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What Was I Thinking?

I began coaching beginner models for well-intentioned reasons.


Just prior to that time, I had made the decision to quit modeling after nearly thirty years in the business. I was very much at peace with that decision - I’d had enough. Within a year or so after having left the biz, an acquaintance of mine introduced me to a young woman who was interested in modeling and she asked me if I’d help connect her with a modeling agency. My initial reaction was ‘absolutely not’, knowing the unhealthy nature of the business, but she was adamant. I took a look at some photos of the young woman, and in my opinion, she had great potential as a model. I hesitated to connect with her, however, because I didn’t want to be someone who was responsible for getting her into a business that I knew firsthand to be an unhealthy career choice for young women. When I met with her, I told her just that. I found myself asking her questions about her life and her interests so that I could gauge the state of her self-esteem. I told her that I would agree to connect her with an agency if she would allow me check in with her periodically as a caring mentor, and she enthusiastically agreed.


We went together to meet with the director of a modeling agency in Chicago, a woman I trusted and liked very much. After the young woman’s interview, I told the director that I would love to be available to her new models, should they want advice and mentoring. She loved the idea, and so began my coaching career.


Spending time with so many beginner models was fulfilling for me and fun for them, but I couldn’t shake the thought that I did not advocate modeling as a career choice. There I was, helping these young ladies, yet longing to beg them to get out of the biz while they were still young and able to explore more stable and meaningful career choices. In other words, healthier career choices. I felt like a hypocrite, which is the main reason I stopped coaching models, and why I haven't posted a blog article in quite some time.


The business of modeling will always exist. While I am pleased with some of the ways in which modeling has evolved since I got into the business, I know that it will never be a career choice that I could, in good conscience, advocate for anyone.


With all of this being said, to the models with whom I’ve had the pleasure of coaching and spending time getting to know, please accept my apology. What I really wanted to say to you (and your parents) was: consider asking more from yourself – something deeper and of more substance.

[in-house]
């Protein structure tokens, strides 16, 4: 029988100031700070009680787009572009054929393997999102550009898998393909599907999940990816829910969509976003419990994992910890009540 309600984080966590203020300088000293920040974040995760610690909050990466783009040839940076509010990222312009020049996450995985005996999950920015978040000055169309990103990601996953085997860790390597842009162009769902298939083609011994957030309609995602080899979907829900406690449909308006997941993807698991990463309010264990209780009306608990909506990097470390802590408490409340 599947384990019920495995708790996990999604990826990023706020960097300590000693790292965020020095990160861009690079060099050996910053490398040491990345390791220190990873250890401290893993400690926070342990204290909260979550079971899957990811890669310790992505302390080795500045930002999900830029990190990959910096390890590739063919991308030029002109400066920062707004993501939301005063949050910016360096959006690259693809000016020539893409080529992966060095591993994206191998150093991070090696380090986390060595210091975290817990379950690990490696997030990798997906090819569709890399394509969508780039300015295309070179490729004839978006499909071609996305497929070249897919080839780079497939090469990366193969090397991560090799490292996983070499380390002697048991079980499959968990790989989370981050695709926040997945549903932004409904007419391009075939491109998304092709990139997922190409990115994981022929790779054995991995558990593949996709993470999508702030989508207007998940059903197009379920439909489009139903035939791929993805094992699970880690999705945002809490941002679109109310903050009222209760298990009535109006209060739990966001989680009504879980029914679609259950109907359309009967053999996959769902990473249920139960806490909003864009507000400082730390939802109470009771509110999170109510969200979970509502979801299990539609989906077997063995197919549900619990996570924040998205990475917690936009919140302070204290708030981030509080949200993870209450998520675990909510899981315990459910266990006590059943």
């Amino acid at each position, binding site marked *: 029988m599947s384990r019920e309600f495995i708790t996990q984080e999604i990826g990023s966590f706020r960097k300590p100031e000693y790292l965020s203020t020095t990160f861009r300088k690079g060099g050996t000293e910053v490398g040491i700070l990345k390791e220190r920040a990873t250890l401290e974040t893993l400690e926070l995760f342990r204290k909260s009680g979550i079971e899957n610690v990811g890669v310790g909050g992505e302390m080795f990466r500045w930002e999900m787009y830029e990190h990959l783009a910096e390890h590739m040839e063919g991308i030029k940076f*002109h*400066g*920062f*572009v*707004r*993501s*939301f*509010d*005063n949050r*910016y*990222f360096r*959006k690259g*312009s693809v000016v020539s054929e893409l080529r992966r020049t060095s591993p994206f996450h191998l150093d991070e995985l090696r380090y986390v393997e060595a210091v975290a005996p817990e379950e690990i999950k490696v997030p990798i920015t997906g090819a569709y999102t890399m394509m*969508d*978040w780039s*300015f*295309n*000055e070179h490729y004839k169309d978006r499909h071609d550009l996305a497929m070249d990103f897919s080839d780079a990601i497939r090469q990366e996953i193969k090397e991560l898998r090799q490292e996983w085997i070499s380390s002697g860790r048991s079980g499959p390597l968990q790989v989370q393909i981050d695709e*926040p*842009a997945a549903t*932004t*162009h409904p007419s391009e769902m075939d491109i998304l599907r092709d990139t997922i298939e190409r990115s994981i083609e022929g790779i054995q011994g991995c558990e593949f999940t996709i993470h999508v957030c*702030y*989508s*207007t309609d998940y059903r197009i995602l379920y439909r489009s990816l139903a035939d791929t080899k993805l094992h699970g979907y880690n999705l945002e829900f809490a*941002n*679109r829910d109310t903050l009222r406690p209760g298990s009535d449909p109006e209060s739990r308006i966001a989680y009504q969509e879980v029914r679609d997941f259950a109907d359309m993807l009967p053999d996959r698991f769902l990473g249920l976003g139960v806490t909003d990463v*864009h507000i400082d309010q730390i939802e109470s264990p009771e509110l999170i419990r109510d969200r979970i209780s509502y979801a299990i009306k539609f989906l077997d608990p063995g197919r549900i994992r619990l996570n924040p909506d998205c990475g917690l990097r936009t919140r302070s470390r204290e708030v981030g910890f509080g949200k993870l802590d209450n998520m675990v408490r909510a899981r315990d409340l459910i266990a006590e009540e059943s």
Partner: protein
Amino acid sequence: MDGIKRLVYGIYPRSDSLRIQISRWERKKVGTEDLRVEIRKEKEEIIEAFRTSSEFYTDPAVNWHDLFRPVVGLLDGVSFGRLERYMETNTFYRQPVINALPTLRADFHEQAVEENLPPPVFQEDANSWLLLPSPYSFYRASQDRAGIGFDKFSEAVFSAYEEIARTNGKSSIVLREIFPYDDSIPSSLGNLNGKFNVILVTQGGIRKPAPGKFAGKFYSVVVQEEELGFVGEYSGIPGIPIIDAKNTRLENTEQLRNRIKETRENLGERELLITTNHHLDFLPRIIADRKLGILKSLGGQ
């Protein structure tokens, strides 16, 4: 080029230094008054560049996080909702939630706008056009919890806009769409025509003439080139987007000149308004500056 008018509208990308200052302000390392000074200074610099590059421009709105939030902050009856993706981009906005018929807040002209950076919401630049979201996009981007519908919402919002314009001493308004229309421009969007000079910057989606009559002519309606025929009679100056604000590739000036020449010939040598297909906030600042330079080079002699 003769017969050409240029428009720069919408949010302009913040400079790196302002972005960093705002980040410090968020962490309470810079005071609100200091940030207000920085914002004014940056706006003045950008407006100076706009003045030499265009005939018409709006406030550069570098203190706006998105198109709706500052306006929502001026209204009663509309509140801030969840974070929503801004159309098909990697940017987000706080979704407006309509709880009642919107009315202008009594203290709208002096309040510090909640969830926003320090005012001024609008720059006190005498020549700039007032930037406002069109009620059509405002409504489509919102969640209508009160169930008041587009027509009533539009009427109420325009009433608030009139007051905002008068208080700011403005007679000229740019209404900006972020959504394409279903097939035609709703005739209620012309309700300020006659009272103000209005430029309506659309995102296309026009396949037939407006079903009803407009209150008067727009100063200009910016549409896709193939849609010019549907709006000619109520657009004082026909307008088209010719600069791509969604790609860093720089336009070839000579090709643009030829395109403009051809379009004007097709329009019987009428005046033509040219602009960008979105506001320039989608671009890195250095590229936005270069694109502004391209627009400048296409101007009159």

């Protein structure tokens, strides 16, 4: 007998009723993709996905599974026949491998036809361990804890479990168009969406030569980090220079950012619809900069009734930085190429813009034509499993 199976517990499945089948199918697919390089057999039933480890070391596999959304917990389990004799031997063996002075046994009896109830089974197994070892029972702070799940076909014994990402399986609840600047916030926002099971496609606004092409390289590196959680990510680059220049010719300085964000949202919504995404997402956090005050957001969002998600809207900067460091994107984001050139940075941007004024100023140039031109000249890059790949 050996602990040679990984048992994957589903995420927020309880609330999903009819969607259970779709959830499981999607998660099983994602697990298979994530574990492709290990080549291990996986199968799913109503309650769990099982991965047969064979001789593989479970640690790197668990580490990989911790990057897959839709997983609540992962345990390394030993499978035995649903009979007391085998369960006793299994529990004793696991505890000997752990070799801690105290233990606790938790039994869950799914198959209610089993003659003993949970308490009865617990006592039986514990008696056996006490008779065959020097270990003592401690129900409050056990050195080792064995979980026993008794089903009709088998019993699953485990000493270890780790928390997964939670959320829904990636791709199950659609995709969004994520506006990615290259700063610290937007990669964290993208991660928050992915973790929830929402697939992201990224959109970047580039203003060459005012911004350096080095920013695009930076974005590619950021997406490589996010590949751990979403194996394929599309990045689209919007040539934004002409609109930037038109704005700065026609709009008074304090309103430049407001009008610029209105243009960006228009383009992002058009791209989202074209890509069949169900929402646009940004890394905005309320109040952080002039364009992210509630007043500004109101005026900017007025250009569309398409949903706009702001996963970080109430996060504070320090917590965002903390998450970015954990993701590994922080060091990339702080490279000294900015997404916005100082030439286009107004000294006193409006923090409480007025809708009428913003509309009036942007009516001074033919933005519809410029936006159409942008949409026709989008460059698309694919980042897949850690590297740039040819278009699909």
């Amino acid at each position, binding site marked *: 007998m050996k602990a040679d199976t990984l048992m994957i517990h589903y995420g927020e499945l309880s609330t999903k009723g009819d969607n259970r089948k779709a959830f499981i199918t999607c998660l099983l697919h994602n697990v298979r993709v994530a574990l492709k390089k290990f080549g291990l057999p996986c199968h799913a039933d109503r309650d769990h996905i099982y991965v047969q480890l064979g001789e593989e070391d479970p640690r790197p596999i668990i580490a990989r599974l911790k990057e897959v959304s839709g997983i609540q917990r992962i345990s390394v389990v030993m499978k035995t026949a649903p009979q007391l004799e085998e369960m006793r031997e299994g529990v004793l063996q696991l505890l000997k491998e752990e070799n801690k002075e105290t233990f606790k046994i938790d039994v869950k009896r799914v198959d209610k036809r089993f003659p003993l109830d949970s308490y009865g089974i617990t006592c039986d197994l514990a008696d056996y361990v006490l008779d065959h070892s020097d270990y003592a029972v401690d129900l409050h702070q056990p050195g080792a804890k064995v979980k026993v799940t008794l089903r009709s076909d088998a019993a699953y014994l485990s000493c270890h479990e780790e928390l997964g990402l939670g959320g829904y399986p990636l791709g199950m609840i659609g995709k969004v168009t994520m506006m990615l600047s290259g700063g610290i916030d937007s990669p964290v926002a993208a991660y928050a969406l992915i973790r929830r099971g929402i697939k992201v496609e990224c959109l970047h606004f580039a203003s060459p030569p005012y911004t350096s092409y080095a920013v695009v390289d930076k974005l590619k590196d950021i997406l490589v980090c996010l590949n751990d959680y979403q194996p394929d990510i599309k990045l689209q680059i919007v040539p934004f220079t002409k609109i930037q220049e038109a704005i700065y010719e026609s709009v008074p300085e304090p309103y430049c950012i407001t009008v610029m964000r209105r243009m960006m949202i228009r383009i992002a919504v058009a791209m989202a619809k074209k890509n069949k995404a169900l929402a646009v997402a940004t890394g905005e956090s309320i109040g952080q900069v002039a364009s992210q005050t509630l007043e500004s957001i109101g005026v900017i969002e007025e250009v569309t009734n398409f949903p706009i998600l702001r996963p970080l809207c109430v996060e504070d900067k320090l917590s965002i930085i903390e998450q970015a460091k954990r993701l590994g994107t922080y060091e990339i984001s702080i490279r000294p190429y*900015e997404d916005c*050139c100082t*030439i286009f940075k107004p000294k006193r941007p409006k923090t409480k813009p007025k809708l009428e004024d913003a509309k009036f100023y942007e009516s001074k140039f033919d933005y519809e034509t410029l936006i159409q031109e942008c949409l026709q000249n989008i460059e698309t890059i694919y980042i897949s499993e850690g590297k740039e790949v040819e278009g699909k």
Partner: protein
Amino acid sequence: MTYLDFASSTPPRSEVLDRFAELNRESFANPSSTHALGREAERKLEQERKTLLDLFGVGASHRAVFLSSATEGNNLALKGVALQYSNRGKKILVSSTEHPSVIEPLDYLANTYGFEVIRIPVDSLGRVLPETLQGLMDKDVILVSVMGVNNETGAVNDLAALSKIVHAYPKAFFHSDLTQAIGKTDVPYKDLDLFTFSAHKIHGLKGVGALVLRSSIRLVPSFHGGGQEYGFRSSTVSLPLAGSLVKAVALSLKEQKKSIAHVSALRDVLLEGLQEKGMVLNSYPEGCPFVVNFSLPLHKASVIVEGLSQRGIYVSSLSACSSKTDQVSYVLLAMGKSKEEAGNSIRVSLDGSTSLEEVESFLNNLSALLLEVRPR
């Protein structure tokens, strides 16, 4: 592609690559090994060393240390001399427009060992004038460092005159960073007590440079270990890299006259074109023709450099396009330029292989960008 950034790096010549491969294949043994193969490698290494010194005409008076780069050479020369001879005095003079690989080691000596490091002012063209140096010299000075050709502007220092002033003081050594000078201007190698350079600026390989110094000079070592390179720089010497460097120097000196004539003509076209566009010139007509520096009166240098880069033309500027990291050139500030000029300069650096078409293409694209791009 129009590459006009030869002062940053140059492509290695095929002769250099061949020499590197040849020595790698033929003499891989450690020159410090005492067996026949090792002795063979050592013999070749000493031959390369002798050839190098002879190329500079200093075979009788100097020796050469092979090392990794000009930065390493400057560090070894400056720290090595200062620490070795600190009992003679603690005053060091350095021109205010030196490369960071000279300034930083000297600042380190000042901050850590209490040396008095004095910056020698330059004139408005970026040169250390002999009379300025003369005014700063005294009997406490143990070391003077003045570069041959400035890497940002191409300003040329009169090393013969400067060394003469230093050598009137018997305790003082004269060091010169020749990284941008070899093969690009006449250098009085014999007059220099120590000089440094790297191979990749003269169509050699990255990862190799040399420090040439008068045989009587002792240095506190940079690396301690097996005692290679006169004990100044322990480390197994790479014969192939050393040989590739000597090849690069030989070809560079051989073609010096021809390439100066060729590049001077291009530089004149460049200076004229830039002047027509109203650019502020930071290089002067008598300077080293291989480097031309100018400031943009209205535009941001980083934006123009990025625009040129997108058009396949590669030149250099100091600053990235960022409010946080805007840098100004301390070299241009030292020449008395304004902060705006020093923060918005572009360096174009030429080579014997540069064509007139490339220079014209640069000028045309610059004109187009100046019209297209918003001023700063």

To anyone who has visited my site with the hopes of becoming a model, I sincerely hope that you reconsider. It is so easy to lose your sense of true self-worth in this business. I have found that most people believe that modeling provides a life of glamour and ease. I wish someone would’ve spent some time with me when I was 15 years old as a beginner model to have helped me look deeper within myself to determine exactly what was so appealing to me about modeling: things such as traveling the world, meeting people from different cultures, getting to know artists and other creative people. That’s what was appealing to me about the idea of modeling. At that time, I believed that modeling would be the only way that I would be able to travel and meet people from different cultures, etc., which is simply not true.


I don’t regret having said yes to becoming a model, but I do believe that it stunted and prolonged the healthy development of my self-esteem as a young adult. Not every single model has low self-esteem or the potential to be dragged down and soul-crushed by the difficult aspects of the business, but why put yourself in the position of finding out if you’re one who could be negatively affected?


If you are still hell-bent on becoming a model, please understand that, to your agency, you are, first and foremost, simply a commodity - not also a sensitive person with feelings, goals, needs, talents, or moral values.

Is that ok with you?

If so, why?

If not, I encourage you to dig deeper within yourself to discover a more satisfying and sustainable life path. As I mentioned in one of my blog posts, "beauty is not for nothin'", HOWEVER: there is so much more for you to discover within yourself than just physical beauty.



*image: Lisa Merlo-Booth



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